Imagine students creating robotics, 3D printing, video games, and mid-air art suspension before their 18th birthday. This is not the beginning of a sci-fi Harry Potter novel; this is what’s going on in our Jersey Shore classrooms today. During the Jersey Shore Makers Fest 70 talented local students, teachers, and makers of New Jersey showcased how they’re modern makers. With all of these people attending, it was essential that the school put up hazard signs for schools to try and keep all of their guests safe. No one wants to get injured, so it’s important for schools to inform visitors of any potential hazards before. This will ensure that everyone enjoys the Makers Fest.
“We’re proud to have an event with the school district where we can involve as many stakeholders as possible,” says Dr. David Healy, the Superintendent of Schools of Toms River. The Toms River High School North gymnasium hosted 15 schools and 55 local companies who gathered to interact with all the attendees and showcase their innovative creations.
The one of a kind Makers Fest was coordinated by Tiffany Lucey, Supervisor of Educational Technology at Toms River Regional Schools, and Marc Natanagara, Assistant Superintendent of Operations at Toms River Regional Schools. Tiffany has a goal of “making a dream tangible,” and that was accomplished at this year’s event.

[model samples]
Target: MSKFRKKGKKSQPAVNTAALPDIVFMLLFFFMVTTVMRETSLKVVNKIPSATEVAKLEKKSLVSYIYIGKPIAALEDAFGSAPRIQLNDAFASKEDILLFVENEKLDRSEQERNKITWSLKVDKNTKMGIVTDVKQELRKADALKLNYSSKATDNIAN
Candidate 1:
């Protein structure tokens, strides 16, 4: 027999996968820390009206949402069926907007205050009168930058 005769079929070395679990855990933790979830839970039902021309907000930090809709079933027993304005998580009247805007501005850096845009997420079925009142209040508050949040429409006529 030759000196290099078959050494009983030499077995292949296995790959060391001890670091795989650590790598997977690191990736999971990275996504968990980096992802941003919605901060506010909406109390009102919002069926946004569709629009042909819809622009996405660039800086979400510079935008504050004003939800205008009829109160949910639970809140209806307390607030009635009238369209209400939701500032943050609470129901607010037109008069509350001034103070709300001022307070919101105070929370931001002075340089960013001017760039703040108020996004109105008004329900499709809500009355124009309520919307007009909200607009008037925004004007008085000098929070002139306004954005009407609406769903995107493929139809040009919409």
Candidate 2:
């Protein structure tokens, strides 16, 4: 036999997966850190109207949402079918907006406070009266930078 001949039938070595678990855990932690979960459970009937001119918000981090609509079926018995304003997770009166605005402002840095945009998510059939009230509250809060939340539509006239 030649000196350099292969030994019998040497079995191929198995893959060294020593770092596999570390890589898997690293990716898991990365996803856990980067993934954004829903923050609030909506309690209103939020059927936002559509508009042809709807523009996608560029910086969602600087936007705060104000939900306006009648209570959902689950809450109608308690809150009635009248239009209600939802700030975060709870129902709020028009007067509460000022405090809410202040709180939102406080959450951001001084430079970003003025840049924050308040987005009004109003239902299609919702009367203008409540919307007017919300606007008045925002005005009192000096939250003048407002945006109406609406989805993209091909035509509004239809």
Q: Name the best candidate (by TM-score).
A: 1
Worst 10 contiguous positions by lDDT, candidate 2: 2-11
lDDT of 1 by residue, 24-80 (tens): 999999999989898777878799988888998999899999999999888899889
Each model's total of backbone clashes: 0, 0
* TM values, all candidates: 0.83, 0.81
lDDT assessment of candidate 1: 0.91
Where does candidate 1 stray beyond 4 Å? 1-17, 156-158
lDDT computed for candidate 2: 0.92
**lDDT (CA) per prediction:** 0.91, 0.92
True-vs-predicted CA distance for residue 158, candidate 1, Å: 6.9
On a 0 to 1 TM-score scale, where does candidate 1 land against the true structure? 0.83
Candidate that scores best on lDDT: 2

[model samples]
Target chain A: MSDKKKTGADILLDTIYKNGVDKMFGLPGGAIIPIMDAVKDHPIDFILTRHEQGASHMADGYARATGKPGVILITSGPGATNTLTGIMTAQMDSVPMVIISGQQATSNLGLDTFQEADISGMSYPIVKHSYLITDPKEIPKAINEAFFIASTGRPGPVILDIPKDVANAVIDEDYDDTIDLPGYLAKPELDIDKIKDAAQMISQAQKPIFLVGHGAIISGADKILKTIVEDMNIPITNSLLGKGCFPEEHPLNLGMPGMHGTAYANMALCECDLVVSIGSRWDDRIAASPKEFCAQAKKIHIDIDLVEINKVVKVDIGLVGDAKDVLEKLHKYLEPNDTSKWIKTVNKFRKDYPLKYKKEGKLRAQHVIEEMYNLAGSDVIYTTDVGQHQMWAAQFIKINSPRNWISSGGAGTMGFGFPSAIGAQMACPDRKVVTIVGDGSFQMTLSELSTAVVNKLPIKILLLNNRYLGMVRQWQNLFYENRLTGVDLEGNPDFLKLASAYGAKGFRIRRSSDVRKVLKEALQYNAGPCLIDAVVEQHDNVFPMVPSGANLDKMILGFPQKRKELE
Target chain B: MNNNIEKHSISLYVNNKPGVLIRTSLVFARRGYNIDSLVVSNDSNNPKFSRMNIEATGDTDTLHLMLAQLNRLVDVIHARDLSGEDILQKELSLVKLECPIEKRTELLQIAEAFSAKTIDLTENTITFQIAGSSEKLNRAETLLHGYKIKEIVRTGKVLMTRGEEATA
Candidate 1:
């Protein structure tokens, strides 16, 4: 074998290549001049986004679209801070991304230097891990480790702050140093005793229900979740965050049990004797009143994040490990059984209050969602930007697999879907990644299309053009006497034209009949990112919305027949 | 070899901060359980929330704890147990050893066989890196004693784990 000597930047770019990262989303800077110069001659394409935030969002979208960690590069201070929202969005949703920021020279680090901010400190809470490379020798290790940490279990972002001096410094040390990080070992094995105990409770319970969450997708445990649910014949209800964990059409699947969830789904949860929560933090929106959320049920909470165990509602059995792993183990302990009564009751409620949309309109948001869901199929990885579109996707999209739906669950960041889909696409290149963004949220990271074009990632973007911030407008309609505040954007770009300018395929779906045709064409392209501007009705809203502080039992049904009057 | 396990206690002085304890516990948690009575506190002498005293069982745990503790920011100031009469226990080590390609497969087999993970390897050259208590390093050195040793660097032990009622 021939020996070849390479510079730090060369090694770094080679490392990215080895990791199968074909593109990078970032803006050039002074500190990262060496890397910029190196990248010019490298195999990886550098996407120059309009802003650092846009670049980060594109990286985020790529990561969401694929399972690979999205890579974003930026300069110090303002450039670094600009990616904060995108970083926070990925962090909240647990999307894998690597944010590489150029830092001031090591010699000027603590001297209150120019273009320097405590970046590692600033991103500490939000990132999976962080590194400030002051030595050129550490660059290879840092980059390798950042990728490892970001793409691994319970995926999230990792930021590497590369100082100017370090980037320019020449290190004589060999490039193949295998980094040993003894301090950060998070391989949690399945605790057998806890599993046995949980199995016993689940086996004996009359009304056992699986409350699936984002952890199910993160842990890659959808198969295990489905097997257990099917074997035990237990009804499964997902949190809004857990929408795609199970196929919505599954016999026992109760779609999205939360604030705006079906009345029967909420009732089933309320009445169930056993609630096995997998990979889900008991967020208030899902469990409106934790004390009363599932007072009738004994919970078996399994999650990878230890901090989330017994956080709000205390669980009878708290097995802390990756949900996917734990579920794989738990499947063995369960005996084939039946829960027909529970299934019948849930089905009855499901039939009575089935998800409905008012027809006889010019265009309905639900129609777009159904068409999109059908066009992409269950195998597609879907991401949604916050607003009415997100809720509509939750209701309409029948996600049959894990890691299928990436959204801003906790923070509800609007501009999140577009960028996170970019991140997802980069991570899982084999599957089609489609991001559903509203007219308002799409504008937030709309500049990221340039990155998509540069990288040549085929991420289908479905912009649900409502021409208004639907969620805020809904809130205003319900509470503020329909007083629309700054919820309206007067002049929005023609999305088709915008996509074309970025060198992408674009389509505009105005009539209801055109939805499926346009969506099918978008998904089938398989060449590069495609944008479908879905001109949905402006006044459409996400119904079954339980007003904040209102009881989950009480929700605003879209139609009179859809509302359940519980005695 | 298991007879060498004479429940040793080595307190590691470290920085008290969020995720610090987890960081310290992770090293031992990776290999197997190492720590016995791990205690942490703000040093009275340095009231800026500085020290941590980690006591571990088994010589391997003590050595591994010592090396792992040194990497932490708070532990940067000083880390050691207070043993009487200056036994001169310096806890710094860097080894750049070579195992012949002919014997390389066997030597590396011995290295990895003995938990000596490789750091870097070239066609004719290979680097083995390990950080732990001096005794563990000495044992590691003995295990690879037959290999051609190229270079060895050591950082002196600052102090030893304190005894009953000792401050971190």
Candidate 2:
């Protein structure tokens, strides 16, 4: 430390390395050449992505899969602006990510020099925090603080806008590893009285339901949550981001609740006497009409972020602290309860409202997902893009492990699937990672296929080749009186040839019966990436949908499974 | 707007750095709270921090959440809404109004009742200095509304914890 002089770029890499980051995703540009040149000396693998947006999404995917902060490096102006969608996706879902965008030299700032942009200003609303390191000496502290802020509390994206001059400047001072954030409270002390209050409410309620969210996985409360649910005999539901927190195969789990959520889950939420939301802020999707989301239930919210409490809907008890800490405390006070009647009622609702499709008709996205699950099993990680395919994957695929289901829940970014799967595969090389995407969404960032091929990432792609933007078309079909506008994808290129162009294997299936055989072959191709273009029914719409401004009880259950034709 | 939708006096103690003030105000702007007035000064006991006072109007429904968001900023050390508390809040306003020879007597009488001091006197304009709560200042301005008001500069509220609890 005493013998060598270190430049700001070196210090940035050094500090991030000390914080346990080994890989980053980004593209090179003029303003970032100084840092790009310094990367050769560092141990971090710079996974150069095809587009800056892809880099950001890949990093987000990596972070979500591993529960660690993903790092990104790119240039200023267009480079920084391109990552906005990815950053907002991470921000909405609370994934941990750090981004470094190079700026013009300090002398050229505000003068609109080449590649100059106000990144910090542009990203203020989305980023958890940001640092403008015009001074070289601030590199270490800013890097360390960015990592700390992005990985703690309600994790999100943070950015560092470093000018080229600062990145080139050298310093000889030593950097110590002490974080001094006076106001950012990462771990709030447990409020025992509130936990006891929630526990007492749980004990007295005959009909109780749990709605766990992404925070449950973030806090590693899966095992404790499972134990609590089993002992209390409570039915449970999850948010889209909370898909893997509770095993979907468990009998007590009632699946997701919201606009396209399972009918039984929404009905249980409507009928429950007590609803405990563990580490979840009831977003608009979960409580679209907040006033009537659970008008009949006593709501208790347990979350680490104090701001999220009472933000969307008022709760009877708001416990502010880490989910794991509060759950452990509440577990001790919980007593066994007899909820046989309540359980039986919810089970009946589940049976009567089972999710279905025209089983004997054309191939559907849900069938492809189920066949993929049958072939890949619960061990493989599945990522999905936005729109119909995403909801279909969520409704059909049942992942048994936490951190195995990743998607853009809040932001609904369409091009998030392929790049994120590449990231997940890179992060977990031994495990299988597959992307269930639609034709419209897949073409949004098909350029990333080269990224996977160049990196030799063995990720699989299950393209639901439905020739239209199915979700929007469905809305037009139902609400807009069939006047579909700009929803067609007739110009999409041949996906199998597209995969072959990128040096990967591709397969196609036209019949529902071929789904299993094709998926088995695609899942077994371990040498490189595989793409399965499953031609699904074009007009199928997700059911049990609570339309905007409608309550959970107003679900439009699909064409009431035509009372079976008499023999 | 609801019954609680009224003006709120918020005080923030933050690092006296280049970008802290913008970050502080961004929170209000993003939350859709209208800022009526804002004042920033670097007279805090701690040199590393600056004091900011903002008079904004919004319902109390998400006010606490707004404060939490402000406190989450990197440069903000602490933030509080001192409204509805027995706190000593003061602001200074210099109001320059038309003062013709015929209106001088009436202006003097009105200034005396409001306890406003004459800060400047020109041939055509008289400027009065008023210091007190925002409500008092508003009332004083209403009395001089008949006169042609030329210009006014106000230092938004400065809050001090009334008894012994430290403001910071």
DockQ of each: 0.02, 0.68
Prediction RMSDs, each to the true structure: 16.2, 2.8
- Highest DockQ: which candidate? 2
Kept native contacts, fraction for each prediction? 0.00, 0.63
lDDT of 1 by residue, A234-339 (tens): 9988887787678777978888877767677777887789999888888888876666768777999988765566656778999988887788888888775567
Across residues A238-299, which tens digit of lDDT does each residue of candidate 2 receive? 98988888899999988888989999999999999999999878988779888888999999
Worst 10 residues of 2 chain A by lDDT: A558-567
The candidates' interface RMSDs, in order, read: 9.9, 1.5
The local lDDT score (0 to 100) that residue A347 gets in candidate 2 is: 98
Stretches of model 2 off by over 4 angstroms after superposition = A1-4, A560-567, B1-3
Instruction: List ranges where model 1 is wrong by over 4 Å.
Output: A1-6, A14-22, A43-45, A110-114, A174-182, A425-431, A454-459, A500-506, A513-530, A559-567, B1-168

“This is a great demonstration of how excited students can be for real world activities and educational content,” said Laurence Cocco, Director of the Office of Educational Technology in the State of New Jersey Department of Education. The maker’s tables created this excitement through workshops, demonstrations, and interactive models for hands-on experience that all ages enjoyed. “I saw many students so engaged and this is what education is really about. It’s all about helping students find their passion, their excitement, their love of learning, and for educators to get out of the way of creativity and let them follow their path of learning,” said Laurence.